This article was originally published by The Mennonite

Opinion: Is it right?

Unlikely allies—Pharisees and Herodians—pose an explosive question to Jesus in the courtyard of Jewish Temple, “Is it right to pay taxes to the emperor or not?”

Jesus asks to see a denarius, a Roman coin. “Whose head is stamped on the coin and whose inscription?” “Caesar’s—the emperor’s,” they say.

With finality—and ambiguity—that reverberate across centuries, Jesus declares, “Give to Caesar what is Caesar’s. Give to God what is God’s.”

I encountered this story in my evening devotions, while working my way through the Gospel of Mark.

In my reverie on Mark 12:13-17, I imagine Jesus strolling around a Mennonite Church USA national convention.

In my mind’s eye, two groups of Mennonites, LGBT Friends and Traditional Marriage Supporters, approach Jesus in a main hall: “We know you teach with integrity, that what you say is unbiased by public opinion. You teach the way of God truthfully. Here’s our question: Is it right to celebrate same-sex marriages or not?”

“What does the 14th amendment to the United States Constitution say?” asks Jesus.

“Ah, just a second, I got it right here on my phone,” one of the inquisitors responds.

Jesus glances at the screen: “What body of people does this speak for? And what does it say?”

“It refers to ‘citizens of the United States’ and says that no state shall deny any person ‘equal protection under the law.’ ”

Jesus looks up at the group gathered around. “Well then, as citizens of the United States, obey the law of the nation. As citizens of God’s kingdom, obey the Word of God.”

Jesus turns and walks away. People in the crowd look at each other. Some smile, some shake their heads. What does he mean?

I imagined a second scene.

The next day another unlikely coalition of Mennonites approaches Jesus as he is eating lunch. This delegation consists of folks from both the Peace and Nonviolence Coalition and the Friends of America.

“We have a question. We know you are an upright person who isn’t swayed by the political winds of the day. You teach God’s way truthfully. Is it right to support the U.S. military and bless those who enlist or not?”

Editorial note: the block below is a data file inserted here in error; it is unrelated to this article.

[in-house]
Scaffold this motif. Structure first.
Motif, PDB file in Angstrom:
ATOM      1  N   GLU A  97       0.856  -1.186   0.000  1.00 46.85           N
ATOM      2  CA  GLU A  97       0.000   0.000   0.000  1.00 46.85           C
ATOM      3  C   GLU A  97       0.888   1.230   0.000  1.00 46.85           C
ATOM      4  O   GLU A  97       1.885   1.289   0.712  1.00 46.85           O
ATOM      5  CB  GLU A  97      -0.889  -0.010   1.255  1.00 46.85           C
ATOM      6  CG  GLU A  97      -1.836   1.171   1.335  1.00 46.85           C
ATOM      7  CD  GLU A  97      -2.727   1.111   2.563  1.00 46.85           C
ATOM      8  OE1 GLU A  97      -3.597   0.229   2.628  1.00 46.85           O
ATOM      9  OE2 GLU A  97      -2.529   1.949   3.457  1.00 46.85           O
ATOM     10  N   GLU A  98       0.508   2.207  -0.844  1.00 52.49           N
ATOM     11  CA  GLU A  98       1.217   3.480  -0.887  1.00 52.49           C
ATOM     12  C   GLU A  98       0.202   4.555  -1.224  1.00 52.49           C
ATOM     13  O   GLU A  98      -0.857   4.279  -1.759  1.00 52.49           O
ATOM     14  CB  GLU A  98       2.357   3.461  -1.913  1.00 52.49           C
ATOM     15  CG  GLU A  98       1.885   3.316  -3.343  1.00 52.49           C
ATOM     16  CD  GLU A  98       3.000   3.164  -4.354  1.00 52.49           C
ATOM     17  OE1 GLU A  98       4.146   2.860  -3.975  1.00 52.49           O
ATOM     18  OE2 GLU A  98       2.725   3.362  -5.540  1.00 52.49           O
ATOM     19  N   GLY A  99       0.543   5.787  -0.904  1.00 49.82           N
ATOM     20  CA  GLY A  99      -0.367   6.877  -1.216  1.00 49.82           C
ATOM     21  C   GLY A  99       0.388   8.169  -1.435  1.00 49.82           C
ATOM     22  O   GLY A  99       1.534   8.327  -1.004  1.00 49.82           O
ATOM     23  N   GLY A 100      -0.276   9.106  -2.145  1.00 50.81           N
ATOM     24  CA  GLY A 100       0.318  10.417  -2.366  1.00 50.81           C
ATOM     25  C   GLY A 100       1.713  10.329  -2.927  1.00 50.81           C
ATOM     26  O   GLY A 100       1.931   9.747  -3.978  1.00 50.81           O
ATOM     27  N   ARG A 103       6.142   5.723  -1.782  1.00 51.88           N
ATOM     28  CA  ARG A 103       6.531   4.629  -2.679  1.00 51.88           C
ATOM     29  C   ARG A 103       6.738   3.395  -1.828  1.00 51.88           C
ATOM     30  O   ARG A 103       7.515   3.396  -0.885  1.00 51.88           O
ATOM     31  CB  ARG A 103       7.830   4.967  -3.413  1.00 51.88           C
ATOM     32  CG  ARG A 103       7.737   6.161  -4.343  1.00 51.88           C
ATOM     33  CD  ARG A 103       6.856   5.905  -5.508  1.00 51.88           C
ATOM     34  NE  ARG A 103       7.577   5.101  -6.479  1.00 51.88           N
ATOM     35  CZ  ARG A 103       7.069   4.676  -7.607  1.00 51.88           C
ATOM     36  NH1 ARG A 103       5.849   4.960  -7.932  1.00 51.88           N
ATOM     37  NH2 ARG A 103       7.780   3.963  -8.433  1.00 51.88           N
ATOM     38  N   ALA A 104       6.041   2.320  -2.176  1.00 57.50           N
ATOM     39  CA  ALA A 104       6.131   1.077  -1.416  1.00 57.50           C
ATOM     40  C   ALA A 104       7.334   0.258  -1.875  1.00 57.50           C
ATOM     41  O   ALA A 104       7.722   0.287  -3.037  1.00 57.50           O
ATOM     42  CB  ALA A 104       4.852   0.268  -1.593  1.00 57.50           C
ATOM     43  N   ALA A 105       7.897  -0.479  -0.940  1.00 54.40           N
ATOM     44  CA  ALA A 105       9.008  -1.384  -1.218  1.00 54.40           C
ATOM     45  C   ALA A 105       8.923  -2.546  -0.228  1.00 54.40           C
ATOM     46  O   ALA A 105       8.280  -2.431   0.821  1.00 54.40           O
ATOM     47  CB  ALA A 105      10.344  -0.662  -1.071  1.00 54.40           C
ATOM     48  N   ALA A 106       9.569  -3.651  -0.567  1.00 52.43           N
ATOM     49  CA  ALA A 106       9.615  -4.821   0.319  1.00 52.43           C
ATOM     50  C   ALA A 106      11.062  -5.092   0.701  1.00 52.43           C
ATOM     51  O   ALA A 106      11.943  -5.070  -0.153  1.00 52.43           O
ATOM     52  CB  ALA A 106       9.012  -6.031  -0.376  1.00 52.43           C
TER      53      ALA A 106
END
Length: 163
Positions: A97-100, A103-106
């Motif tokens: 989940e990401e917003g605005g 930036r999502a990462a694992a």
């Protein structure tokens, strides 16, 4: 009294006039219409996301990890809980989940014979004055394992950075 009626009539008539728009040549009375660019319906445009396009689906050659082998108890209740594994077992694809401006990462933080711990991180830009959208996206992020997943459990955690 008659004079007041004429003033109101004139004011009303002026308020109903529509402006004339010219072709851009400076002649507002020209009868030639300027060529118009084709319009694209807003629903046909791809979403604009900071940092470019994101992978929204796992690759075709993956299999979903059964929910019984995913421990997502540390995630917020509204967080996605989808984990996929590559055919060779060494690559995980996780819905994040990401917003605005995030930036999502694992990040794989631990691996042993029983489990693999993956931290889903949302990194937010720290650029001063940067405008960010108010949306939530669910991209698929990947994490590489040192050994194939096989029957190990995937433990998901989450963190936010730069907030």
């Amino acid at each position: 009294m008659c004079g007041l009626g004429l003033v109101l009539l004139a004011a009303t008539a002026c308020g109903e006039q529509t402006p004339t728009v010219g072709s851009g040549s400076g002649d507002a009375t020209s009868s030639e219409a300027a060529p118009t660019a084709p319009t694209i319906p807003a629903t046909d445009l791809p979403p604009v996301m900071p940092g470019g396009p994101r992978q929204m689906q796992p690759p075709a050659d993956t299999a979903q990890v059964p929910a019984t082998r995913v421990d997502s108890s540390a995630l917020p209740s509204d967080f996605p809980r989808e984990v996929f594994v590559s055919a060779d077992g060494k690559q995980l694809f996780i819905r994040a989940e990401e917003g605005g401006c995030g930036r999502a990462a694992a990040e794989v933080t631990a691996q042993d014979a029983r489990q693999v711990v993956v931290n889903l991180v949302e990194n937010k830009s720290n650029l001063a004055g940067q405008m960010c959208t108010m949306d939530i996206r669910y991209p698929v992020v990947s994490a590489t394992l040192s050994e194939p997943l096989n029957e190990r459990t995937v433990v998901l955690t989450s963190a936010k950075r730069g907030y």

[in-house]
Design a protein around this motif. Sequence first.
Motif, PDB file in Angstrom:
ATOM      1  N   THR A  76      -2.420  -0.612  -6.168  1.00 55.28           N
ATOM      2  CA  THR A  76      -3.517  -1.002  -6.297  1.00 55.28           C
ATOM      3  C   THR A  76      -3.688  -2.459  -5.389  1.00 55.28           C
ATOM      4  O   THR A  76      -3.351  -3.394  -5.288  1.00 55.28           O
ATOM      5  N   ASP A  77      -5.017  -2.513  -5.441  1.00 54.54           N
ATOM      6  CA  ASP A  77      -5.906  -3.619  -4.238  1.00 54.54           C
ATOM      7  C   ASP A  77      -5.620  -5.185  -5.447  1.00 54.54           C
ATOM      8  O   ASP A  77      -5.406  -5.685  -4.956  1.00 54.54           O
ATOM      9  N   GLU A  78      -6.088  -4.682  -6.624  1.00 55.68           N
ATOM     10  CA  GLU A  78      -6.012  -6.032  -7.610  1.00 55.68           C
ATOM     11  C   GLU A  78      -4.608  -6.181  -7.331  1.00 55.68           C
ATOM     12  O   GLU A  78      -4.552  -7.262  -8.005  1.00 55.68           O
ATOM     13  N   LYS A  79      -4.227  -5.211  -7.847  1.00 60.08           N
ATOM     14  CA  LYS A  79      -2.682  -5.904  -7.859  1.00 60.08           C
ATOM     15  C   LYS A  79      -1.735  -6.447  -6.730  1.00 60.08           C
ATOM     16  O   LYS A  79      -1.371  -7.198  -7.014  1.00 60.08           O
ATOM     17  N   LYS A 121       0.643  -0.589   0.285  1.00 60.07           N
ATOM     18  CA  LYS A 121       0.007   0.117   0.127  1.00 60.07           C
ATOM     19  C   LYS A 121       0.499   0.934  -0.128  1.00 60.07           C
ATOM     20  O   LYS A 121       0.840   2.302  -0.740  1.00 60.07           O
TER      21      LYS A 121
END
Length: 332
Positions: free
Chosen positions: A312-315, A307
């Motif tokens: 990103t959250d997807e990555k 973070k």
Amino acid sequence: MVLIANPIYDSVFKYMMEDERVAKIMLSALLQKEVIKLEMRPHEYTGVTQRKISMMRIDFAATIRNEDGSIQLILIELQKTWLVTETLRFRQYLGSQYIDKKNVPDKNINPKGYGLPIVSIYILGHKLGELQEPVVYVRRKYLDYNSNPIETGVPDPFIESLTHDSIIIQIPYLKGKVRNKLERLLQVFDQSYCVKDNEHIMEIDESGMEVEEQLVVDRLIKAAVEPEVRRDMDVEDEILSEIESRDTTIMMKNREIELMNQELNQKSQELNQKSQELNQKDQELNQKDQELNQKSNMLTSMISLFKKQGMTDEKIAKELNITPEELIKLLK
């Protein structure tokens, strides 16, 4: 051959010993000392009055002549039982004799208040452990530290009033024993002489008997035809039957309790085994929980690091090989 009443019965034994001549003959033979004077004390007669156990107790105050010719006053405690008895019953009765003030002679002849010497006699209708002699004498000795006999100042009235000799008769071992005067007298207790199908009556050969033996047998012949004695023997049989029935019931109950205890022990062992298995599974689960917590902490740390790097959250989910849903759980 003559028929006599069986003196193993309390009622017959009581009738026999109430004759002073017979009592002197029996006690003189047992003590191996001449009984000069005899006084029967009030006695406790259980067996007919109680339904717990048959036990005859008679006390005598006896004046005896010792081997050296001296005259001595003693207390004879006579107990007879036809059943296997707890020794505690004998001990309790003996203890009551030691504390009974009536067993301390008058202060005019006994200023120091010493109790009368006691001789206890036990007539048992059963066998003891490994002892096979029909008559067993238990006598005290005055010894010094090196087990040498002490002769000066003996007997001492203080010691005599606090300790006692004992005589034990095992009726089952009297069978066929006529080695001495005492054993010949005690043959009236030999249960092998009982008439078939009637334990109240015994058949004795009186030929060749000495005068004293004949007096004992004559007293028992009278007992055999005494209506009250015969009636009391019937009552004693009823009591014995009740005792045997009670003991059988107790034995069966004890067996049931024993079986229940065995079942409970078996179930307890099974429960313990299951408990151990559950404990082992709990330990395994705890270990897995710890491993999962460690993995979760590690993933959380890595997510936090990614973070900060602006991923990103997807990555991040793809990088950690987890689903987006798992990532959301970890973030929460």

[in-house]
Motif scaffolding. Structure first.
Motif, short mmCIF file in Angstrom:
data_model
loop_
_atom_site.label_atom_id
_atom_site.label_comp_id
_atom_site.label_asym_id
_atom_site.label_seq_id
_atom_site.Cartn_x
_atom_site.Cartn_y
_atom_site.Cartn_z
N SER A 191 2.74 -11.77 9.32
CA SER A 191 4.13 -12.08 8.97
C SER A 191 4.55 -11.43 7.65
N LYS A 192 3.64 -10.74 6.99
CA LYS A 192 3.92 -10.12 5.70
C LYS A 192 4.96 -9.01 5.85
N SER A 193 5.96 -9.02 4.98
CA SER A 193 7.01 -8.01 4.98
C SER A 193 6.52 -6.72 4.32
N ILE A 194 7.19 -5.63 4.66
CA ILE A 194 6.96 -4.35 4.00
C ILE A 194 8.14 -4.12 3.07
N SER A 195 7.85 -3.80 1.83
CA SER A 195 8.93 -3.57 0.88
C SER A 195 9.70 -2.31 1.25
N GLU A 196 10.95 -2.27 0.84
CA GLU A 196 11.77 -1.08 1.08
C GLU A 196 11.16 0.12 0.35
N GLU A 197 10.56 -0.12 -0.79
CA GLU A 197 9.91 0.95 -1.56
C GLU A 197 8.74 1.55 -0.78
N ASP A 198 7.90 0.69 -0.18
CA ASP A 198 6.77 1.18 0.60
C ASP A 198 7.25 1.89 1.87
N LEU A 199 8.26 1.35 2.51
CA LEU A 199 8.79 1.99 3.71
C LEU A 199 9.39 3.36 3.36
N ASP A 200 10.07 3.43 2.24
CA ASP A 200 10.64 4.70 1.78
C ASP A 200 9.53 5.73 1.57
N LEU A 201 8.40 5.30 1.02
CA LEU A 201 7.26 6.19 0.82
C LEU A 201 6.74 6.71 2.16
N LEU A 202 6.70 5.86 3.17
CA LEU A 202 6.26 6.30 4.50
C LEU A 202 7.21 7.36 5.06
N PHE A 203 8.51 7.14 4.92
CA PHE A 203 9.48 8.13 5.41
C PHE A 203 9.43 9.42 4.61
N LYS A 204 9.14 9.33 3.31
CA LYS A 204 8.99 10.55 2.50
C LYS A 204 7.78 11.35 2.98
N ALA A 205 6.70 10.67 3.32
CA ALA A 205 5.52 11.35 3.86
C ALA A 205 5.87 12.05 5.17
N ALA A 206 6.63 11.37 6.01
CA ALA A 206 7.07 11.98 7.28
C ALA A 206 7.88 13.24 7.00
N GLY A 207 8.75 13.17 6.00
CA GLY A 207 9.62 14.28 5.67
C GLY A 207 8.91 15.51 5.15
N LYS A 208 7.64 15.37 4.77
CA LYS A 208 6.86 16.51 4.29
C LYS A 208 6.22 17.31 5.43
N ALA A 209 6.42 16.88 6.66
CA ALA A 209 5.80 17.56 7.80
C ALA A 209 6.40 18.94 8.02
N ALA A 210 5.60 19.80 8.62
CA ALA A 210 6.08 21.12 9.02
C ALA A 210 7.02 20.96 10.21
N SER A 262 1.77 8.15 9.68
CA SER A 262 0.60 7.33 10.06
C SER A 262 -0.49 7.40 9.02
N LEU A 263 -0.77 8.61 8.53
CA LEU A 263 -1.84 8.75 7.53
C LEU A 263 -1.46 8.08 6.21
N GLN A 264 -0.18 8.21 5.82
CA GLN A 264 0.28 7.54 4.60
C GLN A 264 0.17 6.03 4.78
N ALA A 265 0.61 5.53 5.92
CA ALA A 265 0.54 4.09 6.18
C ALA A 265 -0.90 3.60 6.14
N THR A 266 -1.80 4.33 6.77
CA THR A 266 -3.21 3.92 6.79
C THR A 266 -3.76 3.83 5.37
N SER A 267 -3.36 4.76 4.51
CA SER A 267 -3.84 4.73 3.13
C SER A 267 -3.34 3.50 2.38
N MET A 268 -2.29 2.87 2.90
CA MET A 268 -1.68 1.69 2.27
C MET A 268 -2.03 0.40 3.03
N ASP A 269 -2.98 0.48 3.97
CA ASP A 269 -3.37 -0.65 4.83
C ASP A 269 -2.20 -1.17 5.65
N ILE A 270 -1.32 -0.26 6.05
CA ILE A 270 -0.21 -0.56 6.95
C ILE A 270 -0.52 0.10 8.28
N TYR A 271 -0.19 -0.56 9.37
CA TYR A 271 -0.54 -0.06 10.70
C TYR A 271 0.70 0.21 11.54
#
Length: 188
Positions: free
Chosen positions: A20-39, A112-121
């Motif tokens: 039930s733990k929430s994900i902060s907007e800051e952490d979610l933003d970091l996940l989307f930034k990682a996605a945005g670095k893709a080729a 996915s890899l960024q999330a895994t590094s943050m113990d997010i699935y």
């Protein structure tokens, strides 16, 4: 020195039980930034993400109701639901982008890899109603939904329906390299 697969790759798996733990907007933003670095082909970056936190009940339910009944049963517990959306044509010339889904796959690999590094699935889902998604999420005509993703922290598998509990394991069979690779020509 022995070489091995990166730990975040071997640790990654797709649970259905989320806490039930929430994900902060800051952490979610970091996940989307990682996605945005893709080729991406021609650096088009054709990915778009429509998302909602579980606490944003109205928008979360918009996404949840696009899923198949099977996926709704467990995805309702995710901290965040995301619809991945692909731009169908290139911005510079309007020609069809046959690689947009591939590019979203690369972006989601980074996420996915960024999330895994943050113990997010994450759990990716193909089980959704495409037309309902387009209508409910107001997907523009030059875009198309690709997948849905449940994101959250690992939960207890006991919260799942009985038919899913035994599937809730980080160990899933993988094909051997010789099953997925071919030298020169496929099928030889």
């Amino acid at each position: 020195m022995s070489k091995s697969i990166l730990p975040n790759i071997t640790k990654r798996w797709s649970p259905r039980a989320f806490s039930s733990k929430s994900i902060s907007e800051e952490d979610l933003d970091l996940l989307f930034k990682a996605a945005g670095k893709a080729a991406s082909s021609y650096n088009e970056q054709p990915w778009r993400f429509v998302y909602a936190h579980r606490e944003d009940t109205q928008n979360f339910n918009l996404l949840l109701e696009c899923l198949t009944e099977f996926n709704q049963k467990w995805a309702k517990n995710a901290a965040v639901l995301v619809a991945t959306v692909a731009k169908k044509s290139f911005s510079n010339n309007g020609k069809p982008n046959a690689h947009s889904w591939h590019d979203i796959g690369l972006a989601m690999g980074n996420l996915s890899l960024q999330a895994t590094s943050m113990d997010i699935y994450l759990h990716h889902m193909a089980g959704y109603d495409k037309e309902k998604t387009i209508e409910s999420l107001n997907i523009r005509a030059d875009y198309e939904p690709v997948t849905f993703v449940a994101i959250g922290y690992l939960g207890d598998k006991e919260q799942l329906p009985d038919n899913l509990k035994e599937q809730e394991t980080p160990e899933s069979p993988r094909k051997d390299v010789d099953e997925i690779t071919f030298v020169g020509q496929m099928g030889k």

Like before,” Jesus replies, “Can you tell me what the United States Constitution says?”

One of the questioners pipes up, reading from an iPad: “It says in the Preamble, ‘We the People of the United States, in order to form a more perfect Union, establish justice, insure domestic tranquility, provide for the common defense, promote the general welfare and secure the blessings of liberty to ourselves and our posterity, do ordain and establish this Constitution for the United States of America.’ ”

“OK,” says Jesus. “What body of people does this speak for? And what does it say?”

“It speaks for the citizens of the United States and says that common defense through the army, navy and militia is expected of the nation’s citizens.”

A long pause. Jesus looks down at his food, stirs grains of rice on the dish, pushes his chair back and stands up. “Well then, as citizens of the United States, give to the United States the allegiance it deserves. As citizens of God’s kingdom, give God the allegiance God deserves.”

Is it right to pay taxes to the emperor or not? Is it right to celebrate same-sex marriages or not? Is it right to support the military and bless those who enlist or not?

Tough questions. Jesus’ reply to the first is part of Scripture. His declaration is crystal clear in its division of rightful duty toward Caesar and toward God. But the implications tease the mind.

How pastors, members, conferences and congregations respond to the same-sex and military questions will help shape the witness of Menno­nite Church USA in coming decades.

In Mennonite Church USA, a temptation for left-leaning congregations is to absorb cultural values that individualize sexual behaviors and norms.

For right-leaning congregations, a key temptation is to absorb cultural values that nationalize allegiances and identity.

Both temptations echo pagan gods and discount the voice of God speaking through the Scriptures as revealed by Jesus the Christ interpreted within the church by the aid of the Holy Spirit.

Let us think, love and live deeply into Jesus’ response to the Pharisees and Herodians: “Render to Caesar what is Caesar’s. Render to God what is God’s.”

Mark Wenger is director of Eastern Mennonite Seminary in Lancaster, Pa. He submitted this article last May.

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